The ardl representation of growth money supply and

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The ARDL representation of growth, money supply and capital stock, can be constructed as: 0 1 2 3 4 5 1 6 1 7 1 1 0 0 0 Q Q Q Q t i t i t i i t i i t i t t t t i i i i i y y M K P M K P - - - - - - - = = = = = α + α ∆ + α + α + α + α + α + α + ε where the variables are defined in equation (12). The procedure of the bounds testing approach is based on the F or Wald-statistics and is the first stage of the ARDL cointegration method. The null hypothesis is tested by considering the UECM in equation (14) while excluding the lagged variables y t , M t , K t , based on the Wald or F-statistic. The asymptotic distribution of the F-statistic is non-standard under the null hypothesis of no cointegration relationship between the examined variables, without recourse to whether the underlying explanatory variables are purely I(0) or I(1). The null hypothesis of no cointegration ( H 0 : α 5 = α 6 = α 7 = 0) is therefore tested against the alternative hypothesis ( H 1 : α 5 ≠ α 6 ≠ α 7 0). Thus, Pesaran et al . (2001) compute two sets of critical values for a given significance level. One set assumes that all variables are I (0) and the other set assumes they are all I (1). If the computed F-statistic exceeds the upper critical bounds value, then the H 0 is rejected. If the F-statistic is below the lower critical bounds value, it implies no cointegration. Lastly, if the F-statistic falls into the bounds then the test becomes inconclusive. Consequently, the order of integration for the underlying explanatory variables must be known before any conclusion can be drawn. However, the critical values of Pesaran et al. (2001) are generated on sample sizes of 500 and 1000 observations and 20,000 and 40,000 replications, respectively. Narayan and Narayan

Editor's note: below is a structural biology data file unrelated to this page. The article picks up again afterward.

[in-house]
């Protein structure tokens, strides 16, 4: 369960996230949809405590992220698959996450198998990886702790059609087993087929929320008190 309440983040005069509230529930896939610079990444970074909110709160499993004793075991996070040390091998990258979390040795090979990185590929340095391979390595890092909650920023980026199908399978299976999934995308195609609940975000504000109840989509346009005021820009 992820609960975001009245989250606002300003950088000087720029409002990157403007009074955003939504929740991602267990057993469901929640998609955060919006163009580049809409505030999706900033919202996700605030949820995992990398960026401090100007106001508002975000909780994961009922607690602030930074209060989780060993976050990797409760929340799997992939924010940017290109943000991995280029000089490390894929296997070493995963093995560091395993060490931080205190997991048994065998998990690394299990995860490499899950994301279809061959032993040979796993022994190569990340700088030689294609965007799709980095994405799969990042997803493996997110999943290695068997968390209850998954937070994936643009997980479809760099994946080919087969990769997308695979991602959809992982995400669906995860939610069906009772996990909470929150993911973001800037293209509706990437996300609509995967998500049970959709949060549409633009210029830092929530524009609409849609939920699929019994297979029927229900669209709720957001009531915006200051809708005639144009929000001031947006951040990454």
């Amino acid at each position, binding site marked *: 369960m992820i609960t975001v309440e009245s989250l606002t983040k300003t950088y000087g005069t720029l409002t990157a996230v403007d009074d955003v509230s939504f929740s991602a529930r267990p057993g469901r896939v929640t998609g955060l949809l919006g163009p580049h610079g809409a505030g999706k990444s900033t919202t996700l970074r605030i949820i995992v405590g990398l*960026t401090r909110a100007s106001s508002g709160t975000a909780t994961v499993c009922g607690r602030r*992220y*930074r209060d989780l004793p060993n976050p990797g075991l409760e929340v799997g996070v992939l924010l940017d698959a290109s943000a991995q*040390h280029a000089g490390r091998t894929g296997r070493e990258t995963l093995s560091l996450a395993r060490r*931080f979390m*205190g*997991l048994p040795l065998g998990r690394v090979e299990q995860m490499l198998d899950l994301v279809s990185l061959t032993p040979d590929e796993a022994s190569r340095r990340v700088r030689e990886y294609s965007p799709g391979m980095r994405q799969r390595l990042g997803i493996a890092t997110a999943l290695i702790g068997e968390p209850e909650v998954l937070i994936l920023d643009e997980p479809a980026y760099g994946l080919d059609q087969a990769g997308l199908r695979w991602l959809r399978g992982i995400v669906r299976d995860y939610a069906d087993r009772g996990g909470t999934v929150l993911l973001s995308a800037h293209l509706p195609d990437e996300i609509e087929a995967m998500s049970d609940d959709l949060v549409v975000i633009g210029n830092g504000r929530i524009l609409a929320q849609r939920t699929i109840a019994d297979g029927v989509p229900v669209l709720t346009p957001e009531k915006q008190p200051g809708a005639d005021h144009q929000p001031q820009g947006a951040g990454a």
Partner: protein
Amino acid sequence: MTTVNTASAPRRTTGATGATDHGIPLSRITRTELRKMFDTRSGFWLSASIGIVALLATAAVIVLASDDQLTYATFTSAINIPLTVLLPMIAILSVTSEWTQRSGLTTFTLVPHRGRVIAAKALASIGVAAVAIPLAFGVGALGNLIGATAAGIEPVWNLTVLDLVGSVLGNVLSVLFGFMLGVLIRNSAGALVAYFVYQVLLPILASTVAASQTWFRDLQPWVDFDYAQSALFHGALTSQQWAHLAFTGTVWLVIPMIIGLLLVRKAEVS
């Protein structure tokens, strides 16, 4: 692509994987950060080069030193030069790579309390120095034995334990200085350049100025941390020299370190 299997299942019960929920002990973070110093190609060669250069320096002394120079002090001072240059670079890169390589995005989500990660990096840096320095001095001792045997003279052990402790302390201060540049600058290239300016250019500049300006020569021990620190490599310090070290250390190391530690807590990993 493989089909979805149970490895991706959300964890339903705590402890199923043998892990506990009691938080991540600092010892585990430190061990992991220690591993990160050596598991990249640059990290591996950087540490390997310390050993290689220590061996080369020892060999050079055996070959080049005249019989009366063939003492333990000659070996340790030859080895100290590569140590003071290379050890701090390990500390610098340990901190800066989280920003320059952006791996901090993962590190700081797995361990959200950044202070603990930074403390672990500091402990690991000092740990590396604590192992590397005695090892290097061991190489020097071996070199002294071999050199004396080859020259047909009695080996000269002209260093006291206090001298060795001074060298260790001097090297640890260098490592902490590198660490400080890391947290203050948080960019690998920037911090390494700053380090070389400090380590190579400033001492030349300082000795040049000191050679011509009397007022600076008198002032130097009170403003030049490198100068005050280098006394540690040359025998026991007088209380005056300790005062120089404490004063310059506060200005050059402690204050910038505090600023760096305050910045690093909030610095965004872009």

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158 Musibau Adetunji Babatunde & Muhammed Isa Shuaibu (2005) argue that such critical values cannot be used for small sample sizes like the one in this study. Given the relatively small sample size in the present study (27 observations), we extract the appropriate critical values from Narayan (2005) which were generated for small sample sizes of between 30 and 80 observations. Data on output growth, money supply and capital stock (proxied by gross fixed capital formation) were sourced from the Central Bank of Nigeria (CBN) statistical bulletin 2008 50 years special edition. The data series starts from 1970 and ends in 2008. V. EMPIRICAL ANALYSIS AND INTERPRETATION OF RESULTS In order to ascertain the existence of a long-run relationship among the variables in equation (5), the F -statistic (Wald test) for the bounds test (Pesaran et al. , 2001) was computed. The F -statistic and critical bounds values for testing the null of no cointegrating relationship are reported in Table 2. The computed F-Statistics of 4.1619 was found to exceed the lower and upper bounds critical value of 3.03 and 4.06 respectively for a significance level of 10% using the Pesaran et al (2001) critical values. Therefore, the null of no cointegration is rejected. This implies that real income, money supply, inflation, gross fixed, capital formation in Nigeria are cointegrated. Having established the existence of cointegration, we proceed to estimate the long run relationship using an unrestricted error correction model.
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